Bishop William McGrattan likes the way FTH garners widespread community support. While many of its benefactors are Catholic, others participate simply because they seek to serve the less fortunate. The Bishop is also a fan of how FTH enables children to serve alongside their parents.
On Dec. 16, an anonymous sponsor will treat dinner guests to live entertainment. Each of the diners will also receive a $10 gift card for a fast food restaurant. Those cards were donated by parishioners, FTH sponsors, vendors and volunteers.
Watching the first group of diners enter the hall, one of the Dec. 9 volunteers smiles. He’s been here before and he’s pleased to be back. “I’ve learned not to judge.” He doesn’t need to know why his guests are there. He’s just grateful they have a place to come.
Written by: Joy Gregory
Would you go to jail for Jesus? That’s the question the Roman Catholic Diocese of Calgary is asking people of faith—and a growing number of those who hear that request are choosing to walk into provincial and federal prisons on a regular basis.
As volunteers with the Diocese’s prison ministry, most go to pray with people who can’t leave when the allotted time is up. Retired seniors and working professionals, they know their ministry raises the eyebrows—and sometimes the blood pressure— of family and friends. Why would you do that? Aren’t you afraid? It seems risky to me. Their collective response?
Because Jesus asked me, I am not afraid, I am grateful.
“It’s a humbling experience,” says Elly, 78, of her regular visits to the Lethbridge Correctional Centre. There, she prays the rosary once a week, returning once a month for mass. Led by the Holy Spirit, she’s now thinking that’s not enough. “We don’t have enough time to just talk with the people.” Elly arrived at that realization while attending the annual prison ministry volunteer appreciation luncheon which welcomed current and potential prison ministry volunteers who have been attending an introductory workshop.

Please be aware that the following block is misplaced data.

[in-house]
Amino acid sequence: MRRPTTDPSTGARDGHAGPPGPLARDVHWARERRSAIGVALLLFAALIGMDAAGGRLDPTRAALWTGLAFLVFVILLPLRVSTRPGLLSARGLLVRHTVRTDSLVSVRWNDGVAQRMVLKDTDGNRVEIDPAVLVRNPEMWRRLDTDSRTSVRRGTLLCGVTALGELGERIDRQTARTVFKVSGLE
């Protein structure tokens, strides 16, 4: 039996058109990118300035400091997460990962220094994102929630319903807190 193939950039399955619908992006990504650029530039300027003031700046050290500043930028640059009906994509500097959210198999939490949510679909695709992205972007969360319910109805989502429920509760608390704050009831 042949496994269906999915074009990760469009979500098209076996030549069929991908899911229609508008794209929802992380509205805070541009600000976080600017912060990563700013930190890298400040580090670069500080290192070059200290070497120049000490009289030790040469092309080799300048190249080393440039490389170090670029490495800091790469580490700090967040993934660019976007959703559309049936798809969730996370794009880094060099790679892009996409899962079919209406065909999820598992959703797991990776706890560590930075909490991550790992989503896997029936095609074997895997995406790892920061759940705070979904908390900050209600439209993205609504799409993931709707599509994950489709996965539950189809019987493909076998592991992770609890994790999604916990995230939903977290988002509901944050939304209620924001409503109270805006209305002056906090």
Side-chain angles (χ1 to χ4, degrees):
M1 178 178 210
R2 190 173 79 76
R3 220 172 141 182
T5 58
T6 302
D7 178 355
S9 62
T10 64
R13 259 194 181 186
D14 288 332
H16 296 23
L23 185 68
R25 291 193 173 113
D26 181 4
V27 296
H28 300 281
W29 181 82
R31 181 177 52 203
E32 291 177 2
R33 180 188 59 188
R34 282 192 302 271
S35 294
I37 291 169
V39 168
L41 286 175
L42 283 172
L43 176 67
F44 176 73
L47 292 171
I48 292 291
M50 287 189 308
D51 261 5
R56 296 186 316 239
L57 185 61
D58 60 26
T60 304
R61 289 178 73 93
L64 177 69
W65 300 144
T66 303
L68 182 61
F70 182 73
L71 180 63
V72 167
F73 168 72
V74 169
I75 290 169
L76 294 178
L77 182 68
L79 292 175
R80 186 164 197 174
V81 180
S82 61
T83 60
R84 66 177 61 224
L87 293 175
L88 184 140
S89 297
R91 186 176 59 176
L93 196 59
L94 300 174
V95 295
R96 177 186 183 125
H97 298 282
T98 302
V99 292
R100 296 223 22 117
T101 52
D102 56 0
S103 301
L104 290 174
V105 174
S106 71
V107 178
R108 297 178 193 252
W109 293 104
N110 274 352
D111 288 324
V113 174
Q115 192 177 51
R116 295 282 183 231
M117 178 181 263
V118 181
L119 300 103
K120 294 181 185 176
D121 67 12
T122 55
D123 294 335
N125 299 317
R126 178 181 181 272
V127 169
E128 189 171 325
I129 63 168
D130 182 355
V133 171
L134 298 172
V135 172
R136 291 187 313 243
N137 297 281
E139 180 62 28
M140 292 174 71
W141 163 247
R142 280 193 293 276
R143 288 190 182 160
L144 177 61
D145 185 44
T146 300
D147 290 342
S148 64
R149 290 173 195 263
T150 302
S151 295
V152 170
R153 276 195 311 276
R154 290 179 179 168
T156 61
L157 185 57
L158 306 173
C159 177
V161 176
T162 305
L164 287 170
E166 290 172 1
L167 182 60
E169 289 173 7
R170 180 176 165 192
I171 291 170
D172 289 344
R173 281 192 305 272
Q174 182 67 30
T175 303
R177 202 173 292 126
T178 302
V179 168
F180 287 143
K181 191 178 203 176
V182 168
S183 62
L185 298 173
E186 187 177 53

Organized by the Social Justice office, the introduction to prison ministry workshop included a discussion of prison ministry in the context of the Catholic faith. Participants were invited to a special prison ministry volunteer appreciation luncheon on Saturday, August 18. There, David Milgaard was one of the speakers.
Milgaard, who was jailed at 17, spent 23 years in federal penitentiaries for a crime he did not commit. At the luncheon, he likened volunteer visitors to the opportunity to breathe fresh air. Calling prison “a horrible place,” he credits the quiet witness of volunteer visitors with bringing Christ into his life. He also admits that happened over time. What he most appreciated about the people who visited him was news from the outside; tidbits of normalcy delivered to a life behind bars.
Jack, another former inmate, delivered a tainted version of that same message. Imprisoned in federal institutions in Bowden and Drumheller, Jack was matched with a visitor who simply didn’t show up. He was grateful, however, for the post-prison support with housing and employment that he received from Peter Worsley, a reintegration-chaplain with Bridge Ministries, a Mennonite Central Committee program funded in part by the Diocese. Worsley introduced Jack at the workshop.
Jack and Milgaard say life in prison was made tougher by the constant pressure of gangs. They also grappled with the ongoing temptation, fueled by a human instinct to survive, to park their morals at the prison gates.
The ministry-prep workshop, which will be held again in the Spring, is one of the ways the Diocese helps volunteers prepare to take on Christ’s work in the community, says Outreach Ministries coordinator Marilou LeGeyt.
That support is important to volunteers like Elly, who’s relatively new to this ministry. She says the volunteer appreciation luncheon, which included several deacons involved with prison ministry, strengthened her commitment. “It’s hard to explain. But every time I come home from the prison, I feel somehow that I’ve done what Jesus asks me to do.”
Written by: Joy Gregory
To commemorate the 100th anniversary of the end of the First World War, communities across Canada will mark that moment in history by ringing 100 bells. The ringing of bells emulates the moment in 1918 when church bells across Europe tolled as four years of war had come to an end.
In the Diocese of Calgary, we encourage all parishes to join in this celebration by ringing their church bells at local sunset time (4:54 pm in Calgary) on Remembrance Day, Sunday, November 11. The Bells of Peace Ceremony aims to gather a soundwave of bells as they toll 100 times from coast to coast to recognize the people who helped shape the Great War.
List of Catholic churches in the Diocese of Calgary that will be ringing the bells on Remembrance Day (Sunset time):
Catholic Pastoral Centre Staff and Guest Writers